Shock as research reveals telehealth saves lives, but does not cut costs

22-Jun-2012

Review of Government telehealth trial reveals \'significant\' reduction in deaths, but no major financial efficiencies

The future commissioning of telehealth technologies could come down to an argument between reducing costs or cutting the number of deaths and serious illness, the findings of vital new research suggest.

Independent analysis of the Department of Health’s Whose System Demonstrator (WSD) telehealth trial by the Nuffield Trust has revealed a ‘significant’ impact on hospital admissions and mortality rates among patients using telehealth systems, but apparently no major impact on the cost of treatment.

This will come as a shock to many NHS trusts and local authorities who were banking on telehealth to help them make large-scale financial savings across patient pathways for a number of long-term conditions.

Many local NHS efficiency plans assume financial savings from investment in telehealth plus related support. The trial did not conclude there was a reduction in hospital costs due to telehealth

The report, the first of five peer-reviewed papers examining the impact of the WSD programme, the largest trial of telehealth and telecare in the world, states: “Many local NHS efficiency plans assume financial savings from investment in telehealth plus related support. The trial did not conclude there was a reduction in hospital costs due to telehealth. This does not mean telehealth does not have an impact on costs, only that the differences observed in this trial could have been the effect of chance, so commissioners will need to look carefully at this trial and consider whether it is necessary to refine their approach.

“Decisions made about introducing telehealth should also take account of the overall cost of the intervention - telehealth technology, plus monitoring and related care - the impact on quality of life for patients, and carer outcomes, as well as the experiences of patients and professionals.”

The WSD trial involved 3,230 people with diabetes, chronic obstructive pulmonary disorder and heart failure from 179 GP practices in Cornwall, Kent and the London Borough of Newham and was carried out between May 2008 and November 2009.

The Nuffield Trust paper, published this week in the British Medical Journal , examines the impact of the technology on mortality rates over 12 months and pre-specified secondary endpoints including the number of inpatient bed days, emergency admissions, elective admissions, outpatient attendances, and emergency department visits, as well as the notional cost of hospital activity to commissioners of care based on national tariff costs.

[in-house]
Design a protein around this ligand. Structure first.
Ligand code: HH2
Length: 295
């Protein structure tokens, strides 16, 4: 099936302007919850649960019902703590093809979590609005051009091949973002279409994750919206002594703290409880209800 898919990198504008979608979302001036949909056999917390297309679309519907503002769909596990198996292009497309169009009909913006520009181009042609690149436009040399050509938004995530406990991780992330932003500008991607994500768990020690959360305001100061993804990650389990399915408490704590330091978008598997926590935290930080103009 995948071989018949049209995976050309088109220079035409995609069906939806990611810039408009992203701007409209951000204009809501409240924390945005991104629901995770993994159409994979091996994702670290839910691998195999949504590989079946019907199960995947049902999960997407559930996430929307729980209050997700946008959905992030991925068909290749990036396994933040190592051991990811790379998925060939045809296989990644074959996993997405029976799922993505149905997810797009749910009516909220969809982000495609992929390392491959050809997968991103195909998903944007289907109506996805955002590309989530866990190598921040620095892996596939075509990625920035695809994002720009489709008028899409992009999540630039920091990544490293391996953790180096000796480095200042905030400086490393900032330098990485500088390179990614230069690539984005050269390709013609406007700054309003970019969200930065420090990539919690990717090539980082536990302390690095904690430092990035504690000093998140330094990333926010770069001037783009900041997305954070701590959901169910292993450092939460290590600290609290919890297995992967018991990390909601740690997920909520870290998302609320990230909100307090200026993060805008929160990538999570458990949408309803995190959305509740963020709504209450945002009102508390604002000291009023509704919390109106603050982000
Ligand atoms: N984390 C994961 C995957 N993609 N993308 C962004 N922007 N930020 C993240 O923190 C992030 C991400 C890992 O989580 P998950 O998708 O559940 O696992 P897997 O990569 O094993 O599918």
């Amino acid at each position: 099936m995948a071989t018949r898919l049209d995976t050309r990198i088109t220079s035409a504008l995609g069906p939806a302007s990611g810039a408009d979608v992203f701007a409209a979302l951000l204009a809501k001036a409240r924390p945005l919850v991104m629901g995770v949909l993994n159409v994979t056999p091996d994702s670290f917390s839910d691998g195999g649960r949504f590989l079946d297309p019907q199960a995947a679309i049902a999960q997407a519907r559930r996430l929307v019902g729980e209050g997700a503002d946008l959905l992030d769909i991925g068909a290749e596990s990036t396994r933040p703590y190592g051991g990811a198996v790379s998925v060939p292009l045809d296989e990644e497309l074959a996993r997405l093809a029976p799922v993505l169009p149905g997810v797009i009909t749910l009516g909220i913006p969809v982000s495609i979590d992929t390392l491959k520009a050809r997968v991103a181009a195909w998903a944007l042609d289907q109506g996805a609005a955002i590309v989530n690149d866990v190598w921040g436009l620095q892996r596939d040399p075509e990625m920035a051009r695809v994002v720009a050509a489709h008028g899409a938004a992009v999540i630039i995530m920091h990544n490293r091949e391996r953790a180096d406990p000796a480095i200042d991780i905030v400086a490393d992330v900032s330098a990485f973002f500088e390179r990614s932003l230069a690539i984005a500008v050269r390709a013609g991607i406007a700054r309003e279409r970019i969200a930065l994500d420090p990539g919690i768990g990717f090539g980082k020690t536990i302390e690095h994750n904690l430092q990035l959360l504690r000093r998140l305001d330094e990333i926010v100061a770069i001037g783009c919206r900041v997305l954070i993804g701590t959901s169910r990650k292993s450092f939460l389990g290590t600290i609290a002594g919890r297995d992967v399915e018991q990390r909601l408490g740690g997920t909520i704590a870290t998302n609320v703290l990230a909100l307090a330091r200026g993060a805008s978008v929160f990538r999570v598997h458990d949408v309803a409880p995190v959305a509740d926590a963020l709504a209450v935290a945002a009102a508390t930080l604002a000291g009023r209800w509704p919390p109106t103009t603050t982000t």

The findings compare outcomes for the ‘control’ group, who were not given telehealth technology, and the ‘intervention’ group, who did use the systems, which included blood glucose and haemoglobin oxygenation monitors. Readings from these were sent back to healthcare professionals working remotely, who were then able to act on any warning signs. They showed:

  • Mortality rates reduced by 45% with intervention patients ‘significantly’ less likely to die within 12 months than control patients. The findings show 4.6% of the intervention group died over a 12-month period, compared with 8.3% of control group, a difference of 60 patients
  • The proportion of patients admitted to hospital reduced by 11%. Telehealth patients had a lower hospital admission proportion than those without telehealth (odds ratio 0.82 vs 0.70) during the 12-month trial
  • Emergency admissions reduced by 20%: The mean number of emergency admissions was 0.54 per person in the intervention group compared to 0.68 in control group. This equates to 20.6% less emergency admissions for those people with telehealth
  • For intervention patients the cost of hospital care was £188 per patient less than those without telehealth

Given that funding for another large randomised controlled trial is unlikely in the near future, thought should be given as to how to advise local commissioners of low-cost local evaluations that are good enough to show the impact of telehealth if implemented